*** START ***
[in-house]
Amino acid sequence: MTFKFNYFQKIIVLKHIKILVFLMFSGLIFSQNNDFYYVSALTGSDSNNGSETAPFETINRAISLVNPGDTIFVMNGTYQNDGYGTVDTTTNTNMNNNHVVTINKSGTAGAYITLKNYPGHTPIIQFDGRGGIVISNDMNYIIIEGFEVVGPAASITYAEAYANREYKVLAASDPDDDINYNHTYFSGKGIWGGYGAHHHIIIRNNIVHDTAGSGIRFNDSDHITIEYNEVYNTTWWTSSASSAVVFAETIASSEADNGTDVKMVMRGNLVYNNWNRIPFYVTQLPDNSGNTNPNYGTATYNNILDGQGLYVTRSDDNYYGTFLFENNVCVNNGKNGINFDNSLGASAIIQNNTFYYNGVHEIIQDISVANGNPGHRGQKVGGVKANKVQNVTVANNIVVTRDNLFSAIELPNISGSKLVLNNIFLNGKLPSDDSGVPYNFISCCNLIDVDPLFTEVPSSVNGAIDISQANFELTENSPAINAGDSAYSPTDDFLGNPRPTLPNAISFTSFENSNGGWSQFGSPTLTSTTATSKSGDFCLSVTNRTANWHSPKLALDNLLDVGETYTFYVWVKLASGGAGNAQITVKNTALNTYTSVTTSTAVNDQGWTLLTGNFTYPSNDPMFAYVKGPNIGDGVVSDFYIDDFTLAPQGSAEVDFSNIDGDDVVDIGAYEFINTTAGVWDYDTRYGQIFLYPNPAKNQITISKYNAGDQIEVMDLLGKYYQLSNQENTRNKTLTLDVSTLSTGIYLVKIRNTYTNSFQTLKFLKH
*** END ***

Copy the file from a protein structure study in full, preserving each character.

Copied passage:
[in-house]
Amino acid sequence: MTFKFNYFQKIIVLKHIKILVFLMFSGLIFSQNNDFYYVSALTGSDSNNGSETAPFETINRAISLVNPGDTIFVMNGTYQNDGYGTVDTTTNTNMNNNHVVTINKSGTAGAYITLKNYPGHTPIIQFDGRGGIVISNDMNYIIIEGFEVVGPAASITYAEAYANREYKVLAASDPDDDINYNHTYFSGKGIWGGYGAHHHIIIRNNIVHDTAGSGIRFNDSDHITIEYNEVYNTTWWTSSASSAVVFAETIASSEADNGTDVKMVMRGNLVYNNWNRIPFYVTQLPDNSGNTNPNYGTATYNNILDGQGLYVTRSDDNYYGTFLFENNVCVNNGKNGINFDNSLGASAIIQNNTFYYNGVHEIIQDISVANGNPGHRGQKVGGVKANKVQNVTVANNIVVTRDNLFSAIELPNISGSKLVLNNIFLNGKLPSDDSGVPYNFISCCNLIDVDPLFTEVPSSVNGAIDISQANFELTENSPAINAGDSAYSPTDDFLGNPRPTLPNAISFTSFENSNGGWSQFGSPTLTSTTATSKSGDFCLSVTNRTANWHSPKLALDNLLDVGETYTFYVWVKLASGGAGNAQITVKNTALNTYTSVTTSTAVNDQGWTLLTGNFTYPSNDPMFAYVKGPNIGDGVVSDFYIDDFTLAPQGSAEVDFSNIDGDDVVDIGAYEFINTTAGVWDYDTRYGQIFLYPNPAKNQITISKYNAGDQIEVMDLLGKYYQLSNQENTRNKTLTLDVSTLSTGIYLVKIRNTYTNSFQTLKFLKH